Existential risks have been in the news recently. In May, a group of prominent artificial intelligence experts and industry leaders warned that “Mitigating the risk of extinction from AI should be a global priority alongside other societal-scale risks such as pandemics and nuclear war.” This followed an open letter from experts and industry leaders in March that called for a moratorium on the AI arms race so safety and governance systems can be developed to reduce the “profound risks to society and humanity”.
Nuclear risk has also come into focus following Russian President Vladimir Putin’s disastrous Ukraine invasion, with the Kremlin and its mouthpieces issuing several veiled (and not-so-veiled) nuclear threats and suspending participation in a key nuclear arms reduction treaty with the United States. Former Russian President Dmitry Medvedev said in March that Western military aid to Ukraine would “bring the nuclear apocalypse closer”. Atomic scientists believe the hands of the doomsday clock have approached 90 seconds to midnight – “the closest to global catastrophe it has ever been” – largely in response to these developments.
Climate change was also a factor in that pronouncement. New research suggests a fifth of global ecosystems could collapse before 2100, and a recent Intergovernmental Panel on Climate Change report warns of “a rapidly closing window of opportunity” for action, with the impact of decisions made this decade reverberating “for thousands of years”. While there is uncertainty over whether climate change risk is existential (as opposed to “merely” catastrophic), it’s widely accepted that its effects can be drivers for risks that are.
And Covid-19 served as a stark reminder of the chaos that can be wrought by pandemics in a globalised world. When the next one emerges (by accident or otherwise), and if its transmissibility and mortality rates are sufficiently high (a particular risk with “gain of function” and biological weapons research), it could represent an existential threat.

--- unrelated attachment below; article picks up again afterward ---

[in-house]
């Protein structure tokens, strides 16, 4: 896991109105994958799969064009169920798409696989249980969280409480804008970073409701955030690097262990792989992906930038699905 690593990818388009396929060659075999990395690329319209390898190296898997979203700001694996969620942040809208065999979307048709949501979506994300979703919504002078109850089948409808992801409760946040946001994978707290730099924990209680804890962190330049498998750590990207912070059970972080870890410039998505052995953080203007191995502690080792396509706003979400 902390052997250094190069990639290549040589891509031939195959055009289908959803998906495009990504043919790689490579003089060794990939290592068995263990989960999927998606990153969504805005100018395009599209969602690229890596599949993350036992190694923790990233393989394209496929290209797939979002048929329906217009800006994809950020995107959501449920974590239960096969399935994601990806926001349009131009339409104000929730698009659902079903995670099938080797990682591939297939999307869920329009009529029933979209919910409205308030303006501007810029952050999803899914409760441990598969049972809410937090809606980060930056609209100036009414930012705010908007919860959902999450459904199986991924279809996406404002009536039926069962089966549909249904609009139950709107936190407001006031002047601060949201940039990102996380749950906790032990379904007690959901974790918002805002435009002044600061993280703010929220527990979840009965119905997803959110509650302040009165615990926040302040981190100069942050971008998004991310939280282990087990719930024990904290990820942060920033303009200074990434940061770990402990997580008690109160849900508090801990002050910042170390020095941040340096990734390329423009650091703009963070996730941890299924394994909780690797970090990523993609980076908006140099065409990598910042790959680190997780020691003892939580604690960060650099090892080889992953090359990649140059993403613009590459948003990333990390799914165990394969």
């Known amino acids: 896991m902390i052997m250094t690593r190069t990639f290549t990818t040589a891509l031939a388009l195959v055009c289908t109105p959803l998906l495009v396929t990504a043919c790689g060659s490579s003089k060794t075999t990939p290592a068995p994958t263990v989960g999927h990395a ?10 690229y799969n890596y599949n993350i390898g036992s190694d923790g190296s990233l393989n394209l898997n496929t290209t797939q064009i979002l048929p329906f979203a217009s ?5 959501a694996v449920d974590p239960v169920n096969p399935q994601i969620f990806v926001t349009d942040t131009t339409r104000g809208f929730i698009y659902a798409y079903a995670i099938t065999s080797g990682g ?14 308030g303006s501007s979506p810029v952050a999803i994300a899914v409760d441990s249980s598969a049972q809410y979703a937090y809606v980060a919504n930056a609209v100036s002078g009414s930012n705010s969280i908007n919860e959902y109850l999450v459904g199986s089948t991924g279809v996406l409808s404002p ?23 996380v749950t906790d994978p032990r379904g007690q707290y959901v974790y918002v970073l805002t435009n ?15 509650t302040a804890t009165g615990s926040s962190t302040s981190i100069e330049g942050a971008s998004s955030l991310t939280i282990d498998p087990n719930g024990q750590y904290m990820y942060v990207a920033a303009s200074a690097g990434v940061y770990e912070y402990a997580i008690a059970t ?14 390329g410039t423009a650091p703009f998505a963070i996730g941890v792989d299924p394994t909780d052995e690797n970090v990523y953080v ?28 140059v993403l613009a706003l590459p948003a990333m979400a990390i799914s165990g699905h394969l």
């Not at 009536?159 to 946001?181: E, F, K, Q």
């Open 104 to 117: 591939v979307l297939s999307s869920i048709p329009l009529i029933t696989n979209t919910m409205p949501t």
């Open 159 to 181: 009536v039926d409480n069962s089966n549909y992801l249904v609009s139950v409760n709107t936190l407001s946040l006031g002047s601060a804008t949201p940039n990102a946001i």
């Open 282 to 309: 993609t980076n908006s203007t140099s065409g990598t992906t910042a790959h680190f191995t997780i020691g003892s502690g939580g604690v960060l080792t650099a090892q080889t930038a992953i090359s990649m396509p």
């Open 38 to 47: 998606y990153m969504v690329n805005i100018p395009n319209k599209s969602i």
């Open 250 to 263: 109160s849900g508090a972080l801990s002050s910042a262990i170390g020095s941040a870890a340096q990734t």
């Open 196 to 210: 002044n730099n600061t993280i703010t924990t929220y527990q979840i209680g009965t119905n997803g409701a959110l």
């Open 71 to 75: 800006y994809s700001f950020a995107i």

The above are all examples of what the late Kofi Annan famously termed “problems without passports”, insofar as their resolution is contingent upon collective action. A 2021 UN report from the Secretary-General describes the need to act on existential risk as an “ethical imperative” and states that the very future of humanity depends “on solidarity and working together”. That such a clarion call for multilateralism was required reflects the grim reality that, at a time when it has perhaps never been more needed, there is a deficit in international cooperation.
In relation to contemporary challenges, let alone potential future risks, it’s not uncommon to hear variations of what essentially amounts to fatalistic acceptance that nothing much can be done; that this is just “how it is” in an anarchic international system where the pendulum has swung away from cooperation and towards competition. But if such logic prevails as conventional wisdom over the longer term – if the can is continually kicked down the road – then the unavoidable result will be that existential risk compounds to unsustainable levels. Philosopher Toby Ord estimates the probability that humanity will become extinct, or its potential irrevocably destroyed, at one in six this century.